Minority Mental Health Month

Black Excellency in a Time of Racial Trauma

By Taylor Lonas

In countless homes across the country, African American parents are raising their children to be

hardworking, strong, and ever persevering examples of “Black excellence”. As members of a

minority community, there is no question that the problematic lens of society never fail to

perceive the Black community as less than; less knowledgeable, less motivated, less

deserving…and the list goes on. As a result, it is engrained into the minds of our youth that the

only way to get ahead in life is to work twice as hard as our non-Black counterparts. This process

of showing up and contributing twice as much effort as the next person while navigating biased

classroom curriculums, recurring microaggressions, economic disparities, and the systemic

racism of society is not only expected but is praised as “Black excellence”. What happens when

this expectation of ceaseless excellency cannot be maintained? Why isn’t survival in the midst of

daily racial trauma enough? Superhuman capabilities should not be the minimum standard for


In many cases, these expectations are not only burdening, but negatively influence the mental

health of the Black community. In fact, studies prove that racial minority groups experience

higher levels of depression, anxiety, and post-traumatic stress disorder. Alongside the cultural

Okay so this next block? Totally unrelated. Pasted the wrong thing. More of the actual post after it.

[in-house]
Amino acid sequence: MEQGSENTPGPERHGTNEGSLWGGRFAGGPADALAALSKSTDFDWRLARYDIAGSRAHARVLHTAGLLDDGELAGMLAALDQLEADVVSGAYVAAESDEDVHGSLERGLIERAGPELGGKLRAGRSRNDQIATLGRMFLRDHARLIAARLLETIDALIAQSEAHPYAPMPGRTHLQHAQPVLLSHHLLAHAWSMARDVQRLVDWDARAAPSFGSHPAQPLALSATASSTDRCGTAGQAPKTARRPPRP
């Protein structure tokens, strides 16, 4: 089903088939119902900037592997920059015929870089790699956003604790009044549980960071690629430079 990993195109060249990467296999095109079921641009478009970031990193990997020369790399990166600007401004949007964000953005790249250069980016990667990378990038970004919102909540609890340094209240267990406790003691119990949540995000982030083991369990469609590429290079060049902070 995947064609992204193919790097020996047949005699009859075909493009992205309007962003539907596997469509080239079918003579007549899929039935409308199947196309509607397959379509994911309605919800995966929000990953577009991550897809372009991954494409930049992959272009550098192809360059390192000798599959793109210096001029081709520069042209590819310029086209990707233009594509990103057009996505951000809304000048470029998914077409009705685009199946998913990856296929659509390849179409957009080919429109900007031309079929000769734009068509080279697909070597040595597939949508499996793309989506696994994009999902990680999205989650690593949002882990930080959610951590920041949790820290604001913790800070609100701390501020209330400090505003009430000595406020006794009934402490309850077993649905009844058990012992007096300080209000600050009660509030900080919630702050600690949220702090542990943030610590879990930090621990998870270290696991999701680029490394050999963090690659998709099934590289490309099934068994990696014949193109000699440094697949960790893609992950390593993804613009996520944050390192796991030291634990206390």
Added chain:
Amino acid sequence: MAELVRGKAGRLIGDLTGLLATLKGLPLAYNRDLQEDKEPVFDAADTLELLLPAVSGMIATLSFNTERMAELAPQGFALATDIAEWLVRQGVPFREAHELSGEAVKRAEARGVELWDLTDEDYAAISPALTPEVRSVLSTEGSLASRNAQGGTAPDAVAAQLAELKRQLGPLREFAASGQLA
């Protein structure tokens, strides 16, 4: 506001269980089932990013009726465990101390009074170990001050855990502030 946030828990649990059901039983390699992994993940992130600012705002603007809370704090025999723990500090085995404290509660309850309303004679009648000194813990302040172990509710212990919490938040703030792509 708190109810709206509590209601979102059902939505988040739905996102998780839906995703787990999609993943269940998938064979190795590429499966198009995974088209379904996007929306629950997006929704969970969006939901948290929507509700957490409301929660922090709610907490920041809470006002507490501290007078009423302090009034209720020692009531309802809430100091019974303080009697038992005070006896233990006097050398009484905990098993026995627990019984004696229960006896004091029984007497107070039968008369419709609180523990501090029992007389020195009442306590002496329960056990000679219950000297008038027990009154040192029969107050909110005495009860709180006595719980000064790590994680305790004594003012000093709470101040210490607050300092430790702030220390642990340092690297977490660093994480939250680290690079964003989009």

stigmas associated with mental health, individuals of minority ethnic backgrounds and racial

identities consistently receive subpar care and limited access to health coverage. Because of

these inadequacies, July was designated “National Minority Mental Health Awareness Month” in

2008. As we continue to muster the strength to march through this month, take the time to

discuss mental health with your loved ones to raise awareness of the obstacles preventing our

community from receiving care in times of need. And the next time you post about

#BlackExcellence, consider including “small” wins in the conversation.

Turning in your course assignments on time… is a win.

Having a productive conversation with a therapist… is a win.

Returning home to your family safe and sound at the end of the day… is a win.

To be Black excellence is to cope and carry on in a society that was built on the backs of our

ancestors. It is about being able to navigate the necessary spaces that consistently exclude us and

yet build spaces of our own where we can come together to live, laugh, and love.

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